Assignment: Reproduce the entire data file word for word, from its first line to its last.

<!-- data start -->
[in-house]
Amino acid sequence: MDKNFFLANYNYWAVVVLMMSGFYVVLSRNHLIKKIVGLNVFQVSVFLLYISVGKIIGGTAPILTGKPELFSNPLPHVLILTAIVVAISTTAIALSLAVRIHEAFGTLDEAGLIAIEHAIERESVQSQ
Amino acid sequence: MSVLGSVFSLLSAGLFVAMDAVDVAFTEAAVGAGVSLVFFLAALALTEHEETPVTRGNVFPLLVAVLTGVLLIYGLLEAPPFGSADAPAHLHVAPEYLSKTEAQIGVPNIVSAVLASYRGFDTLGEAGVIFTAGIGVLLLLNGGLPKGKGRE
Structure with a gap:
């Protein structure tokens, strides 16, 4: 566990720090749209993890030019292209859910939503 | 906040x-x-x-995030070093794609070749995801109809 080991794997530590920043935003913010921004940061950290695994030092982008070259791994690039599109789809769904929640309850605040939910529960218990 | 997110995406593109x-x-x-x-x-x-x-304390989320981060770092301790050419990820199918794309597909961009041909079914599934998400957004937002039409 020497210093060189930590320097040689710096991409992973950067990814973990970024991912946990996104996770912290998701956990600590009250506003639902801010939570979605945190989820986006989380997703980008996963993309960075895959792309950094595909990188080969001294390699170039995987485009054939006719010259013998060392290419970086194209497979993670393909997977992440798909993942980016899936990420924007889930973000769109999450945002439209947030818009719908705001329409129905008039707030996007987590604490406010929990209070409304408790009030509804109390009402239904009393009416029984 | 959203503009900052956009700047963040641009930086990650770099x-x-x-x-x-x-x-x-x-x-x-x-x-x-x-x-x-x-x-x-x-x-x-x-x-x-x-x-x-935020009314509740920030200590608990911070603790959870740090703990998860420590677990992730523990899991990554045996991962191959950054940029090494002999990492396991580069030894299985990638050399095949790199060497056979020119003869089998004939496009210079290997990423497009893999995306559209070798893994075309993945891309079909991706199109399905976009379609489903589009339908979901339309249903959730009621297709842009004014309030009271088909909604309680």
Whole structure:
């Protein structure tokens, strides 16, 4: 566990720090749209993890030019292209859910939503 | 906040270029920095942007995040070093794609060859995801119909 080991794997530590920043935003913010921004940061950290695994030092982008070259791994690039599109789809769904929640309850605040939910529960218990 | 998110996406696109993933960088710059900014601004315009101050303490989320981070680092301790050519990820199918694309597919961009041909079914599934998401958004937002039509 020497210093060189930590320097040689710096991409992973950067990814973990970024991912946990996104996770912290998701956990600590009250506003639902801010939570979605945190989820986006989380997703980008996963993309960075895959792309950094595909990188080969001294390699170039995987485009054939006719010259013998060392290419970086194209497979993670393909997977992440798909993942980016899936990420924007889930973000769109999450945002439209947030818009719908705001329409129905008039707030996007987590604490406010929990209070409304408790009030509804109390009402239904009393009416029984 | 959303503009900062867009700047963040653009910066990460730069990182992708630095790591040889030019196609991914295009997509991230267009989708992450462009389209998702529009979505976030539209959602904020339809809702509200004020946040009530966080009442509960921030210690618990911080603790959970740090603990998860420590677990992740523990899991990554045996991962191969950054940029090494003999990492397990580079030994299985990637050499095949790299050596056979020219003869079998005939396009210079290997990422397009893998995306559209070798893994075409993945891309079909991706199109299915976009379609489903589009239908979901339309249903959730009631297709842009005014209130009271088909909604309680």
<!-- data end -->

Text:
[in-house]
Amino acid sequence: MDKNFFLANYNYWAVVVLMMSGFYVVLSRNHLIKKIVGLNVFQVSVFLLYISVGKIIGGTAPILTGKPELFSNPLPHVLILTAIVVAISTTAIALSLAVRIHEAFGTLDEAGLIAIEHAIERESVQSQ
Amino acid sequence: MSVLGSVFSLLSAGLFVAMDAVDVAFTEAAVGAGVSLVFFLAALALTEHEETPVTRGNVFPLLVAVLTGVLLIYGLLEAPPFGSADAPAHLHVAPEYLSKTEAQIGVPNIVSAVLASYRGFDTLGEAGVIFTAGIGVLLLLNGGLPKGKGRE
Structure with a gap:
């Protein structure tokens, strides 16, 4: 566990720090749209993890030019292209859910939503 | 906040x-x-x-995030070093794609070749995801109809 080991794997530590920043935003913010921004940061950290695994030092982008070259791994690039599109789809769904929640309850605040939910529960218990 | 997110995406593109x-x-x-x-x-x-x-304390989320981060770092301790050419990820199918794309597909961009041909079914599934998400957004937002039409 020497210093060189930590320097040689710096991409992973950067990814973990970024991912946990996104996770912290998701956990600590009250506003639902801010939570979605945190989820986006989380997703980008996963993309960075895959792309950094595909990188080969001294390699170039995987485009054939006719010259013998060392290419970086194209497979993670393909997977992440798909993942980016899936990420924007889930973000769109999450945002439209947030818009719908705001329409129905008039707030996007987590604490406010929990209070409304408790009030509804109390009402239904009393009416029984 | 959203503009900052956009700047963040641009930086990650770099x-x-x-x-x-x-x-x-x-x-x-x-x-x-x-x-x-x-x-x-x-x-x-x-x-x-x-x-x-935020009314509740920030200590608990911070603790959870740090703990998860420590677990992730523990899991990554045996991962191959950054940029090494002999990492396991580069030894299985990638050399095949790199060497056979020119003869089998004939496009210079290997990423497009893999995306559209070798893994075309993945891309079909991706199109399905976009379609489903589009339908979901339309249903959730009621297709842009004014309030009271088909909604309680």
Whole structure:
């Protein structure tokens, strides 16, 4: 566990720090749209993890030019292209859910939503 | 906040270029920095942007995040070093794609060859995801119909 080991794997530590920043935003913010921004940061950290695994030092982008070259791994690039599109789809769904929640309850605040939910529960218990 | 998110996406696109993933960088710059900014601004315009101050303490989320981070680092301790050519990820199918694309597919961009041909079914599934998401958004937002039509 020497210093060189930590320097040689710096991409992973950067990814973990970024991912946990996104996770912290998701956990600590009250506003639902801010939570979605945190989820986006989380997703980008996963993309960075895959792309950094595909990188080969001294390699170039995987485009054939006719010259013998060392290419970086194209497979993670393909997977992440798909993942980016899936990420924007889930973000769109999450945002439209947030818009719908705001329409129905008039707030996007987590604490406010929990209070409304408790009030509804109390009402239904009393009416029984 | 959303503009900062867009700047963040653009910066990460730069990182992708630095790591040889030019196609991914295009997509991230267009989708992450462009389209998702529009979505976030539209959602904020339809809702509200004020946040009530966080009442509960921030210690618990911080603790959970740090603990998860420590677990992740523990899991990554045996991962191969950054940029090494003999990492397990580079030994299985990637050499095949790299050596056979020219003869079998005939396009210079290997990422397009893998995306559209070798893994075409993945891309079909991706199109299915976009379609489903589009239908979901339309249903959730009631297709842009005014209130009271088909909604309680």